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Herb Schaffner is president of Schaffner Media Partners, a consultancy specializing in business, finance, and public affairs publishing expertise, and is found on Facebook. He has been a publisher and editor-in-chief at McGraw-Hill, and a senior editor at HarperCollins. Follow him on Twitter (but only when it’s not distracting).
Monday, April 11, 2011 Posted by Bob Morris | Bob's blog entries | at McGraw-Hill, Avoid emotionally charged issues when you’re doing critical work, BNET, BNET newsletters, Break down complex tasks into simpler ones, combine active thinking with automatic embedded routine or transactional routines, David Rock, eliminate distractions, Exercising Your Prefrontal Cortex, focus on one high-order task at a time, HarperCollins, Herb Schaffner, how and why productive deep thinking thrives, how to work more effectively by better managing your brain, isolate from technology and interruptions, neuroscience, Ruthlessly screen out distractions such as social media, Schaffner Media Partners, take quick enjoyable breaks, The CBS Interactive Business Network, Twitter, Your Brain at Work, Your Brain at Work: What to Do When There's Too Much to Do | Leave a comment
Management Rewired: Why Feedback Doesn’t Work and Other Surprising Lessons from the Latest Brain Science
Charles S. Jacobs
Portfolio/The Penguin Group (2009)
In recent years, a number of books have discussed recent research in neurological science and its relevance to traditional theories about knowledge and how we process it. Among the many revelations, Charles Jacobs notes in the Introduction to this book, “perhaps the most surprising discovery has come from mapping the path information travels from our sense organs to our awareness of the world we live in. Not only are the perceptual areas of the brain involved, so are the areas responsible for our memories, our feelings, our beliefs, and our aspirations. Our minds aren’t objectively recording our experience of the world; they’re creating it, and the creation is influenced by everything elder going on in the brain. Each of us lives in a mental state of our own making…Rather than sharing the same world, we all inhabit a world that is uniquely our own.”
Jacobs asserts that “much of what is taken for granted as the right way to manage is actually the opposite of what we want to do,” that the world we experience exists only in our heads, our thinking is never objective, and our emotions lead to better decisions than our logic. Given that, what specifically does he recommend to his reader?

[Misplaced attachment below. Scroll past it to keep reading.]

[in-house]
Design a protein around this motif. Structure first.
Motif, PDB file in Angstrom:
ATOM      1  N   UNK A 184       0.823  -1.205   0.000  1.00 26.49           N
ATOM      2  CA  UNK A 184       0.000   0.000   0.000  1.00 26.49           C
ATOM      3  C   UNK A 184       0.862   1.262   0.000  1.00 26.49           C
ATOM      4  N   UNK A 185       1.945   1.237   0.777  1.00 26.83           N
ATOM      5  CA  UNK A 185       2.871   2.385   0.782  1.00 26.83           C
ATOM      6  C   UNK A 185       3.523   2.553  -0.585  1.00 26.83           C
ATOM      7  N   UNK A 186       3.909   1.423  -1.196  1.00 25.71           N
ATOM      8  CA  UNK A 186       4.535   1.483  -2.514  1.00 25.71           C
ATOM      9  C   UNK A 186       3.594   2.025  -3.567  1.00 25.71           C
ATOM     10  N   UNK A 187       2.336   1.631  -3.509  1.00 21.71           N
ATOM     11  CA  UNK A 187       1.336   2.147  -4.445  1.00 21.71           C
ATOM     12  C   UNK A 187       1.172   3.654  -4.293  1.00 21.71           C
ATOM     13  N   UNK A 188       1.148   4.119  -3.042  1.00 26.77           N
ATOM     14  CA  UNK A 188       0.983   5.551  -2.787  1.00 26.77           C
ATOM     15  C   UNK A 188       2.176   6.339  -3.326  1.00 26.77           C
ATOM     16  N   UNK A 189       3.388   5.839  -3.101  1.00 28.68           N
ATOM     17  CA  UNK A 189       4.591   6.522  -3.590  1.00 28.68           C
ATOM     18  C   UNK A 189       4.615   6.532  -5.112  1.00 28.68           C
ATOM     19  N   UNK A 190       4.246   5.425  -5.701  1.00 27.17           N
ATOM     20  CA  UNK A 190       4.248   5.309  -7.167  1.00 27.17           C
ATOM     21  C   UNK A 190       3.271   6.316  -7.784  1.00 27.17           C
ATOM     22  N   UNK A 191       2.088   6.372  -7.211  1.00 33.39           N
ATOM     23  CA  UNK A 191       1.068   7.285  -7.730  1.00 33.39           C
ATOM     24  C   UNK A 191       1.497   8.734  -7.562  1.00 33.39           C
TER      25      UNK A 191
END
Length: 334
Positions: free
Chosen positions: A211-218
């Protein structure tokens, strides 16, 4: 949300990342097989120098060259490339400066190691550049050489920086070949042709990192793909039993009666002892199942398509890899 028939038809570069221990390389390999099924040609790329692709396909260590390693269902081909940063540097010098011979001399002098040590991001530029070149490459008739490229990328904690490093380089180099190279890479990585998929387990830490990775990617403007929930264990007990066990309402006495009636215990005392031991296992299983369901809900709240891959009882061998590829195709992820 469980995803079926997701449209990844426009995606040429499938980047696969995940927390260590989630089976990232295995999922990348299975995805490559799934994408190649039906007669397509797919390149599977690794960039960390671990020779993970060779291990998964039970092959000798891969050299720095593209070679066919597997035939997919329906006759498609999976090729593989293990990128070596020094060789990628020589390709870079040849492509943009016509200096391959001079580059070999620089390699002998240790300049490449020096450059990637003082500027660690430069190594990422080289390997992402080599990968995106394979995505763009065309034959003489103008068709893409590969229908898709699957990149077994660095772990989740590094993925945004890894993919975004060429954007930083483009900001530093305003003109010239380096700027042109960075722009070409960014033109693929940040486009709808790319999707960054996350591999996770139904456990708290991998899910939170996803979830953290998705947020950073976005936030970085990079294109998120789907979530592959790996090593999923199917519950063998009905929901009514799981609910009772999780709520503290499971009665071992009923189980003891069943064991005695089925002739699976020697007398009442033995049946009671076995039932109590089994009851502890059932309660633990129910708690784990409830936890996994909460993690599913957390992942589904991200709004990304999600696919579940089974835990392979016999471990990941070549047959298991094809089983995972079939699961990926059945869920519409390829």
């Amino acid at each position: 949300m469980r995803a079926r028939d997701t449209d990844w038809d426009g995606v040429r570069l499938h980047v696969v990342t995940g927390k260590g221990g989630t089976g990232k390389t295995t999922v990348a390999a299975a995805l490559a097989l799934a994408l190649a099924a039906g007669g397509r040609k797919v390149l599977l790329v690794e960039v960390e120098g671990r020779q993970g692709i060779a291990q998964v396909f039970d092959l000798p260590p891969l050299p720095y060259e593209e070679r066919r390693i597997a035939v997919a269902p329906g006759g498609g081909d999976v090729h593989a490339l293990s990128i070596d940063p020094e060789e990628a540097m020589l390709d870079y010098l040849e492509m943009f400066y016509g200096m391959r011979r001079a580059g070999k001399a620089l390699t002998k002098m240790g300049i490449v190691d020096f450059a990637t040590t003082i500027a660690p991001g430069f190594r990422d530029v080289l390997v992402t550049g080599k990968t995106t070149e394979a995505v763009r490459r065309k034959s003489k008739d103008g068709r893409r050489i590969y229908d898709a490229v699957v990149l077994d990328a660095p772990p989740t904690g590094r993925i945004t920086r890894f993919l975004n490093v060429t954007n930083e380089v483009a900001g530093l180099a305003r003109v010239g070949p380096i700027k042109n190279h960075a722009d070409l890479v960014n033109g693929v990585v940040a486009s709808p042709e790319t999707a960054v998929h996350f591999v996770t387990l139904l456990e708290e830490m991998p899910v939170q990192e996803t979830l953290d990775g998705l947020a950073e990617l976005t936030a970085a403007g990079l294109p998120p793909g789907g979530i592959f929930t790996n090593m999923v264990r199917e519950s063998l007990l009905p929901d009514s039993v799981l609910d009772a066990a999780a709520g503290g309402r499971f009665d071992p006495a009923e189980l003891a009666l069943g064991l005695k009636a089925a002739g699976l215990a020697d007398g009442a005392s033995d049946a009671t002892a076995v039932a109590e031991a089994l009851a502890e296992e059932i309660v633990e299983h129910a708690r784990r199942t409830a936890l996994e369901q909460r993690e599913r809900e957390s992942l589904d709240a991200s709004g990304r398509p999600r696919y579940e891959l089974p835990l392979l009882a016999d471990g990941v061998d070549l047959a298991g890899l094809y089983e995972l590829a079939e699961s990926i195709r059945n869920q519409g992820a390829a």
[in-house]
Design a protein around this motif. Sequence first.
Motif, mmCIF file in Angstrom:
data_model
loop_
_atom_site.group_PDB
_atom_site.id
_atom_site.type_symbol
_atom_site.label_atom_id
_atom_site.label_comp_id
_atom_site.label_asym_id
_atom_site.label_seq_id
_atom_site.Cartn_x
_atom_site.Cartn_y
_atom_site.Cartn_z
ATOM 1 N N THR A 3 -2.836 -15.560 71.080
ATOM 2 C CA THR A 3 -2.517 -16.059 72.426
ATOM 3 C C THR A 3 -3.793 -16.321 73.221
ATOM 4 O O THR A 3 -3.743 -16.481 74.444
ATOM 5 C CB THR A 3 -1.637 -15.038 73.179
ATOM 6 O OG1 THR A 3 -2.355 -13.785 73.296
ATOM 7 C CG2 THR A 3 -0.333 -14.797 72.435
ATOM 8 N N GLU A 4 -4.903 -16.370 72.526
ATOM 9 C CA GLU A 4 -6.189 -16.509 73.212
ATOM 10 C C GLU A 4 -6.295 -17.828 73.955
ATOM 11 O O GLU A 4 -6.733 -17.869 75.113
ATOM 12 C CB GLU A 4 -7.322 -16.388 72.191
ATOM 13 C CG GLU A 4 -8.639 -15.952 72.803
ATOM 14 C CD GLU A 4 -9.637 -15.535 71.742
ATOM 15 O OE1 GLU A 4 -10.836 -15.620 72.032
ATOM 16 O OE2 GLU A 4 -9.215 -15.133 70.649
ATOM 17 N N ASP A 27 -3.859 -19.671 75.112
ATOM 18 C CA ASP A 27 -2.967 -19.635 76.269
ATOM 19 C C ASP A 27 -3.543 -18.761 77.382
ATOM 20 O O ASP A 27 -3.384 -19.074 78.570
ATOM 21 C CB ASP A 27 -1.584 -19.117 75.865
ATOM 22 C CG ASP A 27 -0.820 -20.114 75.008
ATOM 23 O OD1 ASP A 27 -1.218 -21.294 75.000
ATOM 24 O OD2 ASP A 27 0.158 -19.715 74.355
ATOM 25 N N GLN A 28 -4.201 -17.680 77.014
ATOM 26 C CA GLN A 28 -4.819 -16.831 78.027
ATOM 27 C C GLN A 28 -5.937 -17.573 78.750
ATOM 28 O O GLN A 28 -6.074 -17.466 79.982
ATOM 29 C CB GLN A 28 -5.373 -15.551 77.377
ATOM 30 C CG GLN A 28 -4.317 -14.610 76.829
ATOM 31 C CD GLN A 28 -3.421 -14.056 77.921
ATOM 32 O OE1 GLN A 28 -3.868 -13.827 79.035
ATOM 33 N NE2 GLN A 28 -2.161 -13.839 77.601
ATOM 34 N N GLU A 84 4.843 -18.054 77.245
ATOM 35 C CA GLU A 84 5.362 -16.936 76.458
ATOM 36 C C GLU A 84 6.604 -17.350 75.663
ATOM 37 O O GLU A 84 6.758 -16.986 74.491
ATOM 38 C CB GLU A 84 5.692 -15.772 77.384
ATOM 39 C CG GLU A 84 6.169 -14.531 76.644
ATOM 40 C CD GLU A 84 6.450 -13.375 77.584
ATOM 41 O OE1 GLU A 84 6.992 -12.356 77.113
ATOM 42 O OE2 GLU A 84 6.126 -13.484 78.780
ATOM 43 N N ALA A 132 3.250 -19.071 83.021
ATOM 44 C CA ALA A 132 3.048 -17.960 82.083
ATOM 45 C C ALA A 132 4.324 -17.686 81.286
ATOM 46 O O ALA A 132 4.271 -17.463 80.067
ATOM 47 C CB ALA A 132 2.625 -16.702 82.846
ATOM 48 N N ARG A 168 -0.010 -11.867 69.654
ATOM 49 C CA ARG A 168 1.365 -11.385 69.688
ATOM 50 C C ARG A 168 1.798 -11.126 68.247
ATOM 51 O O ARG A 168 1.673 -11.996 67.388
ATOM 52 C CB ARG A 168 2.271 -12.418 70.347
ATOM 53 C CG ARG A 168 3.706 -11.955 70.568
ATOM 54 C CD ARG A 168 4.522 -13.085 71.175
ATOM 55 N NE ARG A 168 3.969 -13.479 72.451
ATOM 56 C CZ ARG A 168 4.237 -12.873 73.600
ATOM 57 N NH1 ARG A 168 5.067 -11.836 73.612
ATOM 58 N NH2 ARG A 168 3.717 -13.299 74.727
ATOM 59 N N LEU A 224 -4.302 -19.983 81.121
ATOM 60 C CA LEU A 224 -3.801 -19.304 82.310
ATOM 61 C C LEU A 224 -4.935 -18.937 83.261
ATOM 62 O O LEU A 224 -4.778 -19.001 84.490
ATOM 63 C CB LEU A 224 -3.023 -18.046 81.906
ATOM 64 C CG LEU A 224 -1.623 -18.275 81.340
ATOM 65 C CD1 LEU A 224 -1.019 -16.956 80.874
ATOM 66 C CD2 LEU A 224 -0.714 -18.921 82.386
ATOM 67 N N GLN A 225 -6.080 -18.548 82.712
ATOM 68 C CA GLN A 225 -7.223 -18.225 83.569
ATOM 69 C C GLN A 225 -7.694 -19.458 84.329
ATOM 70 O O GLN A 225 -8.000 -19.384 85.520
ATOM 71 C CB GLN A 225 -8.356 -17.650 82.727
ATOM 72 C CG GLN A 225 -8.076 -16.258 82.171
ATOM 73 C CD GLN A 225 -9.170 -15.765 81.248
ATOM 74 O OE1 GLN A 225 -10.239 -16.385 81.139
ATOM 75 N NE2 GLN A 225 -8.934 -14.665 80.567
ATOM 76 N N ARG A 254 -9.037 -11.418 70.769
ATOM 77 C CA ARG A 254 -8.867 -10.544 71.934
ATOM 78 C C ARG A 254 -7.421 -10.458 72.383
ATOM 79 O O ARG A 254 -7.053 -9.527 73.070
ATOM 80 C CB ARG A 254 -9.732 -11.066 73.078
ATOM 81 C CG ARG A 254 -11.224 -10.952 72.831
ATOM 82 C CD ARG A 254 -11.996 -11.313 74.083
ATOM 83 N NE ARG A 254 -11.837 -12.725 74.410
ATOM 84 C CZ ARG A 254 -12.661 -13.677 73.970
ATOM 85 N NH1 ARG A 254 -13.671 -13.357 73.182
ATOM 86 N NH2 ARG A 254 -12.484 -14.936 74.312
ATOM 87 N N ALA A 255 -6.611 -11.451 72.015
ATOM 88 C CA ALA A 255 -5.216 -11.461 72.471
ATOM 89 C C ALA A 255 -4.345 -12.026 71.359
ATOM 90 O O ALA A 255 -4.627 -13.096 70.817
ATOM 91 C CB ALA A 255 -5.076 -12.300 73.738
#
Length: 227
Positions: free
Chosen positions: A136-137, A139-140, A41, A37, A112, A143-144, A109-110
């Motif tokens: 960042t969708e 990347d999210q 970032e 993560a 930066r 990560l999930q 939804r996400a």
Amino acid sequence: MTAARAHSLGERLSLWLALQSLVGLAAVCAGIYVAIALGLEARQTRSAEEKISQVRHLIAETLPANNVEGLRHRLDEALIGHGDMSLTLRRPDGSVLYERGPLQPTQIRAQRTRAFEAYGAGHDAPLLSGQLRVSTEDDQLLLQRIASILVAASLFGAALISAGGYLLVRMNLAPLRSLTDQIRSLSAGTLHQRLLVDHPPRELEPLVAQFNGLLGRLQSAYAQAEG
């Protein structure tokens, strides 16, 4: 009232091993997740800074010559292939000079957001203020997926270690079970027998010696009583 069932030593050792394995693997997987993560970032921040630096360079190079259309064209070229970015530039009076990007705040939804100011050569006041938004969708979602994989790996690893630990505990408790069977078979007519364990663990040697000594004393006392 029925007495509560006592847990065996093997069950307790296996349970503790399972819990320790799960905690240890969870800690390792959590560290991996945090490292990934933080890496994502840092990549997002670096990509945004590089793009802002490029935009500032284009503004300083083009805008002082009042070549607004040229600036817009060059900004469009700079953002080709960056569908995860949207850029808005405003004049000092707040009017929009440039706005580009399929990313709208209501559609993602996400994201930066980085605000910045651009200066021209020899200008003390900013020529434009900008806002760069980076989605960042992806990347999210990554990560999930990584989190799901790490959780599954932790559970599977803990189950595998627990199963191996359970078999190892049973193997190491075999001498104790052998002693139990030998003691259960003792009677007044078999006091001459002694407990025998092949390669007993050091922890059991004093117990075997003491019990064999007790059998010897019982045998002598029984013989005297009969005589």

1. Leverage the mind to stop doing what doesn’t work (and never will) so that it can concentrate on doing what does work. There should be continuous improvement of what is most important.
2. Stop offering feedback to direct reports. It is usually ignored and often resented. Instead, ask questions, listen intently to responses, and then repeat them back in your own words.
3. Workers appreciate recognition much more than they do rewards. In fact, rewards frequently diminish rather than increase their motivation.
4. Eliminate preoccupation with short-term goals because they are distractions; focus on achieving long-term objectives.
5. Anticipate the future by identifying — and preparing for – the most likely contingencies. That will help to make better decisions, and to influence other people to do what must be done in preparation for a future that is never predictable but nonetheless. The lessons of brain science have far reaching ramifications, but with immediate practical applications.
6. Consciously use natural selection as a “lens” through which to view your experience. “All of a sudden, you’ll see things differently. You’ll start to realize how much of what you do is a function of your relationships with others and how much of what they do is a function of their relationships with you.” Using it as a lens will also serve as an alert to how much we’re a product of our environment and how wee can shape it to our advantage.
Jacobs makes a compelling argument that humans cannot possibly have the direct knowledge of the physical world they think they do. All that can be known is the representation of it in the brain in the form of ideas, “so the world we experience is mental, not physical.” We all see it differently. Therefore, the challenge for transformational leaders is to change how others think, to rewire their minds, and one of the most effective ways to do that is “to package the right kind of ideas into a story and to effectively communicate it to the organization.”
Tuesday, August 18, 2009 Posted by Bob Morris | Bob's blog entries | Charles S. Jacobs, eliminate distractions, eliminate non-essentials, latest brain science, leverage the mind, Management Rewired, Portfolio/The Penguin Group, reward with recognition, why feedback doesn't work | Leave a comment